Three levels of analysis. micro level second level (action plans or solutions ) macro level
Developmental changes in knowledge structures Novices of all ages access many irrelevant or inappropriate condition concepts and often fail to access important game conditions. The novice may also be so overwhelmed with the amount of information in the environment that they are unable to attend to some of the information that is critical.
Both child and adult novices rarely planned actions in advance. Some novices illustrated their approach with statements. With increasing age, players accessed more relevant concepts. Players also increasingly developed sport specific strategies to enhance decision making processes.
Skill constrains tactical development One of the patterns identified in all these studies has been the ability to execute the motor skill constrains response selection. Ideally, we want players to be able to develop knowledge structures that are tactically advanced and provide players with the necessary motor skills to use the advanced tactics.
Implications for Instruction The body of research to date shows that sophisticated thought processes associated with decision making in sport do not develop without extensive practice of tactics over long periods of time, much longer than typical units of sport instruction in physical education classes.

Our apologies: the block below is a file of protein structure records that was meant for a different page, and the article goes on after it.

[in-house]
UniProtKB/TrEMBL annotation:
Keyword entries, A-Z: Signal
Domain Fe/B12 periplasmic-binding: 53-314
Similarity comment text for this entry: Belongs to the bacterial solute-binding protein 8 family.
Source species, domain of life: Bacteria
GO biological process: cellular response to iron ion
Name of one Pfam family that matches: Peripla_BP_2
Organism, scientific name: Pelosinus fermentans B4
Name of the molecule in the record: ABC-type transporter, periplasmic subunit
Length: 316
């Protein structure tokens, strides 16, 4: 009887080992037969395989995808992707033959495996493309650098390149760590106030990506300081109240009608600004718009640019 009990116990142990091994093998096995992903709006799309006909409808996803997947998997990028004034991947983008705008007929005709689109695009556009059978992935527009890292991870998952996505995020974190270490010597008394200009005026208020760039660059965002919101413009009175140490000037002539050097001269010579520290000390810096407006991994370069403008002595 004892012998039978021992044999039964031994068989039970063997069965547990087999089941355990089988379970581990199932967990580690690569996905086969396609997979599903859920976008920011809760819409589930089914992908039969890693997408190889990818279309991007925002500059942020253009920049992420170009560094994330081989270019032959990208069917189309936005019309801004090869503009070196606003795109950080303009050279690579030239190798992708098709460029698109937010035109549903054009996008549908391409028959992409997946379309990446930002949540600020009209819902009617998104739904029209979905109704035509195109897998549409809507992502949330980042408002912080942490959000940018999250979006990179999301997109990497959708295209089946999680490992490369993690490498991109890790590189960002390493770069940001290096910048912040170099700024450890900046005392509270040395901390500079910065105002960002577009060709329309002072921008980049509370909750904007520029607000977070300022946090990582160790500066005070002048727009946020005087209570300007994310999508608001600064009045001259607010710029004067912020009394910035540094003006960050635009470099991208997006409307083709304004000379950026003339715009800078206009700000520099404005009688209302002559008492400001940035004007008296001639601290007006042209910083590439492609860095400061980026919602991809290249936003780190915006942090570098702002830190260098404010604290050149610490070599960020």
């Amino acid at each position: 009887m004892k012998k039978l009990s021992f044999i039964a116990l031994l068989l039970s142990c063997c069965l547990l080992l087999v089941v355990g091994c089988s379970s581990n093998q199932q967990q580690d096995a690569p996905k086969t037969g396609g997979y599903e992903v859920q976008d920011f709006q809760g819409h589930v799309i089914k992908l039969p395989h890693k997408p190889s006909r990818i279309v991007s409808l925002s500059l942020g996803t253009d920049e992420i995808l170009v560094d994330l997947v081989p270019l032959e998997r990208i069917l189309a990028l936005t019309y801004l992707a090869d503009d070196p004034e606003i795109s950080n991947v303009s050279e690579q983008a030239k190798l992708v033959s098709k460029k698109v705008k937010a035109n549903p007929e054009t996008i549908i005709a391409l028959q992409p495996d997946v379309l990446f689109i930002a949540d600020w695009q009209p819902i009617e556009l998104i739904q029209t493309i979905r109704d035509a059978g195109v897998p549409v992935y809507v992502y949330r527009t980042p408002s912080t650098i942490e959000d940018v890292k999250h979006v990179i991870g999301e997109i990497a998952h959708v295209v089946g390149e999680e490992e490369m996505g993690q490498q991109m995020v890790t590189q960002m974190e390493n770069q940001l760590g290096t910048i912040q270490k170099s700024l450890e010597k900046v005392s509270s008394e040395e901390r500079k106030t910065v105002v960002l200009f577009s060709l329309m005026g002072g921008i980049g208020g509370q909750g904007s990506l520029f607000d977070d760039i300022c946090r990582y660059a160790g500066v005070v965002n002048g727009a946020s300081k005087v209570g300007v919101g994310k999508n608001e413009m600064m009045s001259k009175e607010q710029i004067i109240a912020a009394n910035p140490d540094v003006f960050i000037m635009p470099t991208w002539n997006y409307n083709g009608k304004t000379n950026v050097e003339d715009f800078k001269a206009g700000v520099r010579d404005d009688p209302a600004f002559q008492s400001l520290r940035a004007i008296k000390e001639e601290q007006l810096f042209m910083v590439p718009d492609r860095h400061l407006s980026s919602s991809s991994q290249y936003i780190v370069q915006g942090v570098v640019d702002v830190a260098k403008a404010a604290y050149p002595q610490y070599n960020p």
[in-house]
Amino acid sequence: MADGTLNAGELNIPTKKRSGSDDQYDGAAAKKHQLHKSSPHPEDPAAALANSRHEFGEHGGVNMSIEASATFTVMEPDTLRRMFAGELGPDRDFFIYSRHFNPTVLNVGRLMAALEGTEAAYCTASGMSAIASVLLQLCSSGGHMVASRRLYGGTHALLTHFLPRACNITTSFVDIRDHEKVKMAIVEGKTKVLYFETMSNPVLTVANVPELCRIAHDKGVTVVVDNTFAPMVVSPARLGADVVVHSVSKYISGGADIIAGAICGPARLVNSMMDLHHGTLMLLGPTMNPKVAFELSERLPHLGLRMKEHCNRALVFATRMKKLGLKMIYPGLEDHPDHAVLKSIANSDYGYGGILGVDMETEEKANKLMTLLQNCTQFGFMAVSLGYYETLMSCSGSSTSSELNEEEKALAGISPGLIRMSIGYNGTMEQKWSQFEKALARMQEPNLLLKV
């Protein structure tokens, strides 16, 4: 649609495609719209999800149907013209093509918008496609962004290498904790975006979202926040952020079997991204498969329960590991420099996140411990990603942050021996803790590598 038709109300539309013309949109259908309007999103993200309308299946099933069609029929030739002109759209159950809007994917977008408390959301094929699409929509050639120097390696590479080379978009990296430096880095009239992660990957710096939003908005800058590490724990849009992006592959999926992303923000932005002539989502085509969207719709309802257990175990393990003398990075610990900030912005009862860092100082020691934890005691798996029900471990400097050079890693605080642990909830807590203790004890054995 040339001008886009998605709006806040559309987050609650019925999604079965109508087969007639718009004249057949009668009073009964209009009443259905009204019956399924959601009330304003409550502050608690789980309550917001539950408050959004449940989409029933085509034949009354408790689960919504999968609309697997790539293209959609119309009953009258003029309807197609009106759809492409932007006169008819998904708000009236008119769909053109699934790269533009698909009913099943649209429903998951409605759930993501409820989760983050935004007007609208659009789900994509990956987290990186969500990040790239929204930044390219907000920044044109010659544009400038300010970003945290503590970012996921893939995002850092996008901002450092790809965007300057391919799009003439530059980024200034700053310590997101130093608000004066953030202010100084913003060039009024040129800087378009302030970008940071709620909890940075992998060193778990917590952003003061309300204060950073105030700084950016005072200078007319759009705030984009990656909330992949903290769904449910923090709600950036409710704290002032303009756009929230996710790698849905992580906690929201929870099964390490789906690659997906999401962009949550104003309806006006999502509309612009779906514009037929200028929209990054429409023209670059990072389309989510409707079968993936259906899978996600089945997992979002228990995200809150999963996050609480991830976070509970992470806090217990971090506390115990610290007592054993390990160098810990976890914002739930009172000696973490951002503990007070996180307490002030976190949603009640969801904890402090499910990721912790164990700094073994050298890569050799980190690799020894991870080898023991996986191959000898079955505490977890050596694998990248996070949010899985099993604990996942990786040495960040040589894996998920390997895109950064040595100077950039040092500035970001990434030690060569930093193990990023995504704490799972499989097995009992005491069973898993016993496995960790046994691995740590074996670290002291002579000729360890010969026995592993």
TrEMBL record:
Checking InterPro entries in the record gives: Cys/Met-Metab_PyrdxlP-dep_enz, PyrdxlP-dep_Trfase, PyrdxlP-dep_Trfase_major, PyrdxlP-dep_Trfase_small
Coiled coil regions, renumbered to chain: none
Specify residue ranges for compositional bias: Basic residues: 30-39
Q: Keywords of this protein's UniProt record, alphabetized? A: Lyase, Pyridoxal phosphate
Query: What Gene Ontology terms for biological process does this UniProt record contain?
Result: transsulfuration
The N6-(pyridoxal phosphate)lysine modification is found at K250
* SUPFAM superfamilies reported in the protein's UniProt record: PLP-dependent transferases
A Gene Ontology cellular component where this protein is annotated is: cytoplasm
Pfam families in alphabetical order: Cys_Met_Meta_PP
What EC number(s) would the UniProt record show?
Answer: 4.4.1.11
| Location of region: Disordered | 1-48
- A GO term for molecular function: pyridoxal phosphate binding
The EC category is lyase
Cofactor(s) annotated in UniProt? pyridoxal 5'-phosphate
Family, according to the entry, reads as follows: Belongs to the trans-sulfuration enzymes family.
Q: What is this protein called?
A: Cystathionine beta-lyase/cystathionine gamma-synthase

Instructional approaches Design practice activities that force individuals to make decisions in the context of game competition. Use verbal labels for important game conditions and actions when introducing offensive and defensive tactics. Reward and reinforce good decision making, not just good skill execution. Practice all decision choices hundreds of times.
During practice ask players what they are thinking. Have players develop profiles of an opponent after a period of play or after watching a videotape of an opponent. Establish a mentoring program
§14.4 SUMMARY Changes in cognitive development have a large impact on the individual’s ability to perform and learn motor skills. Piaget (1970) proposed that children’s cognitive abilities proceeded through a series of four stages (sensorimotor, preoperational, concrete operational, formal operations) in a universal and invariant order.